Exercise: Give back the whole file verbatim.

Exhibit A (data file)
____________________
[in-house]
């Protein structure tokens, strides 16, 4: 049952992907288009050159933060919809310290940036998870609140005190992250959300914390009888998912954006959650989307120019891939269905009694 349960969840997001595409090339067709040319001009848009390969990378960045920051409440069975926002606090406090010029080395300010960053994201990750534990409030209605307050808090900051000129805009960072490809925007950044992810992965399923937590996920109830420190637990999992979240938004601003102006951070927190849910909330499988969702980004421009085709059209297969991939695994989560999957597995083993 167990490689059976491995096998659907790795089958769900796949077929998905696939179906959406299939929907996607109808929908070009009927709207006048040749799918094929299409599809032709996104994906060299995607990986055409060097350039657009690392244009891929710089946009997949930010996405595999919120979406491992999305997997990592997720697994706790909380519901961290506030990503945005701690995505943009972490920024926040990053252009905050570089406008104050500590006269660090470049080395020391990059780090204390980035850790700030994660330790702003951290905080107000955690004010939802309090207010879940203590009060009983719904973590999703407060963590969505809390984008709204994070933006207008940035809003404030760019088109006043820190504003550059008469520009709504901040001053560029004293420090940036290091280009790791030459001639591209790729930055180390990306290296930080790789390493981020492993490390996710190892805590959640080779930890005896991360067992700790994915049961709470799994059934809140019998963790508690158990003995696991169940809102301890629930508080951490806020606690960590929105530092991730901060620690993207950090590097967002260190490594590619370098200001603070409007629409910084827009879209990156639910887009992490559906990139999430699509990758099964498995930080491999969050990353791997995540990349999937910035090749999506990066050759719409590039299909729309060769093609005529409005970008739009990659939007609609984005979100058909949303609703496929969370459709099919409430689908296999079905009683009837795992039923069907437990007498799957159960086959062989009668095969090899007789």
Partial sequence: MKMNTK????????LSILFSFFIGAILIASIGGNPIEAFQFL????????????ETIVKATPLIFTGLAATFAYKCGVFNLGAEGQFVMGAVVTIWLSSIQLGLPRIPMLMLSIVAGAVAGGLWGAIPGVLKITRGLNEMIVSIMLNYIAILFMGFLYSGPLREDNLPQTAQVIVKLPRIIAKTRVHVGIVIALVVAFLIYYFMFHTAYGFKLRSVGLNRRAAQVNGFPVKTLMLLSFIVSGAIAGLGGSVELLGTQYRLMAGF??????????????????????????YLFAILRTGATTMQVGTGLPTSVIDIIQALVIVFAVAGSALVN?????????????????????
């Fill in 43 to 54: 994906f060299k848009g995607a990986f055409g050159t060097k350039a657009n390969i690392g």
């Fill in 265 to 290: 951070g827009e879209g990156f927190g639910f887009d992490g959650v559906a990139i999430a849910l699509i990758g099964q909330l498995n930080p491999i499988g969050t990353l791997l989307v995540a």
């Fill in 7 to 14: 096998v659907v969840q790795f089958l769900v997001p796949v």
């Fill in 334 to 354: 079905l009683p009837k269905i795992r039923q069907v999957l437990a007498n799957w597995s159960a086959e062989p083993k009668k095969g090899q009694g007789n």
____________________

[in-house]
């Protein structure tokens, strides 16, 4: 049952992907288009050159933060919809310290940036998870609140005190992250959300914390009888998912954006959650989307120019891939269905009694 349960969840997001595409090339067709040319001009848009390969990378960045920051409440069975926002606090406090010029080395300010960053994201990750534990409030209605307050808090900051000129805009960072490809925007950044992810992965399923937590996920109830420190637990999992979240938004601003102006951070927190849910909330499988969702980004421009085709059209297969991939695994989560999957597995083993 167990490689059976491995096998659907790795089958769900796949077929998905696939179906959406299939929907996607109808929908070009009927709207006048040749799918094929299409599809032709996104994906060299995607990986055409060097350039657009690392244009891929710089946009997949930010996405595999919120979406491992999305997997990592997720697994706790909380519901961290506030990503945005701690995505943009972490920024926040990053252009905050570089406008104050500590006269660090470049080395020391990059780090204390980035850790700030994660330790702003951290905080107000955690004010939802309090207010879940203590009060009983719904973590999703407060963590969505809390984008709204994070933006207008940035809003404030760019088109006043820190504003550059008469520009709504901040001053560029004293420090940036290091280009790791030459001639591209790729930055180390990306290296930080790789390493981020492993490390996710190892805590959640080779930890005896991360067992700790994915049961709470799994059934809140019998963790508690158990003995696991169940809102301890629930508080951490806020606690960590929105530092991730901060620690993207950090590097967002260190490594590619370098200001603070409007629409910084827009879209990156639910887009992490559906990139999430699509990758099964498995930080491999969050990353791997995540990349999937910035090749999506990066050759719409590039299909729309060769093609005529409005970008739009990659939007609609984005979100058909949303609703496929969370459709099919409430689908296999079905009683009837795992039923069907437990007498799957159960086959062989009668095969090899007789």
Partial sequence: MKMNTK????????LSILFSFFIGAILIASIGGNPIEAFQFL????????????ETIVKATPLIFTGLAATFAYKCGVFNLGAEGQFVMGAVVTIWLSSIQLGLPRIPMLMLSIVAGAVAGGLWGAIPGVLKITRGLNEMIVSIMLNYIAILFMGFLYSGPLREDNLPQTAQVIVKLPRIIAKTRVHVGIVIALVVAFLIYYFMFHTAYGFKLRSVGLNRRAAQVNGFPVKTLMLLSFIVSGAIAGLGGSVELLGTQYRLMAGF??????????????????????????YLFAILRTGATTMQVGTGLPTSVIDIIQALVIVFAVAGSALVN?????????????????????
């Fill in 43 to 54: 994906f060299k848009g995607a990986f055409g050159t060097k350039a657009n390969i690392g």
């Fill in 265 to 290: 951070g827009e879209g990156f927190g639910f887009d992490g959650v559906a990139i999430a849910l699509i990758g099964q909330l498995n930080p491999i499988g969050t990353l791997l989307v995540a």
């Fill in 7 to 14: 096998v659907v969840q790795f089958l769900v997001p796949v």
């Fill in 334 to 354: 079905l009683p009837k269905i795992r039923q069907v999957l437990a007498n799957w597995s159960a086959e062989p083993k009668k095969g090899q009694g007789n």